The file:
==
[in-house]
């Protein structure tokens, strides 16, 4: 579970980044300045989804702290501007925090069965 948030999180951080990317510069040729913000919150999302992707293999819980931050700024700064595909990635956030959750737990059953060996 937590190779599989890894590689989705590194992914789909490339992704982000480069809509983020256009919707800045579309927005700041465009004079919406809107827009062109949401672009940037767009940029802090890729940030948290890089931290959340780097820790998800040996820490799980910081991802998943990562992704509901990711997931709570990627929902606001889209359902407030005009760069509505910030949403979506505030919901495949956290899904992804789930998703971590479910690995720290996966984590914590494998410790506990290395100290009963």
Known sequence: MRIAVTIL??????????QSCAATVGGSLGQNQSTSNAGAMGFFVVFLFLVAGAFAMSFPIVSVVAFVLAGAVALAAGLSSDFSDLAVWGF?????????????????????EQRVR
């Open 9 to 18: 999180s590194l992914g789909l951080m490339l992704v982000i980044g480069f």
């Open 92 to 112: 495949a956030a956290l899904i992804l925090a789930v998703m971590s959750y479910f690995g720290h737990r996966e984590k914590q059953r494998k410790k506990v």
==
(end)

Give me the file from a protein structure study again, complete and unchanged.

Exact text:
[in-house]
């Protein structure tokens, strides 16, 4: 579970980044300045989804702290501007925090069965 948030999180951080990317510069040729913000919150999302992707293999819980931050700024700064595909990635956030959750737990059953060996 937590190779599989890894590689989705590194992914789909490339992704982000480069809509983020256009919707800045579309927005700041465009004079919406809107827009062109949401672009940037767009940029802090890729940030948290890089931290959340780097820790998800040996820490799980910081991802998943990562992704509901990711997931709570990627929902606001889209359902407030005009760069509505910030949403979506505030919901495949956290899904992804789930998703971590479910690995720290996966984590914590494998410790506990290395100290009963």
Known sequence: MRIAVTIL??????????QSCAATVGGSLGQNQSTSNAGAMGFFVVFLFLVAGAFAMSFPIVSVVAFVLAGAVALAAGLSSDFSDLAVWGF?????????????????????EQRVR
């Open 9 to 18: 999180s590194l992914g789909l951080m490339l992704v982000i980044g480069f």
């Open 92 to 112: 495949a956030a956290l899904i992804l925090a789930v998703m971590s959750y479910f690995g720290h737990r996966e984590k914590q059953r494998k410790k506990v």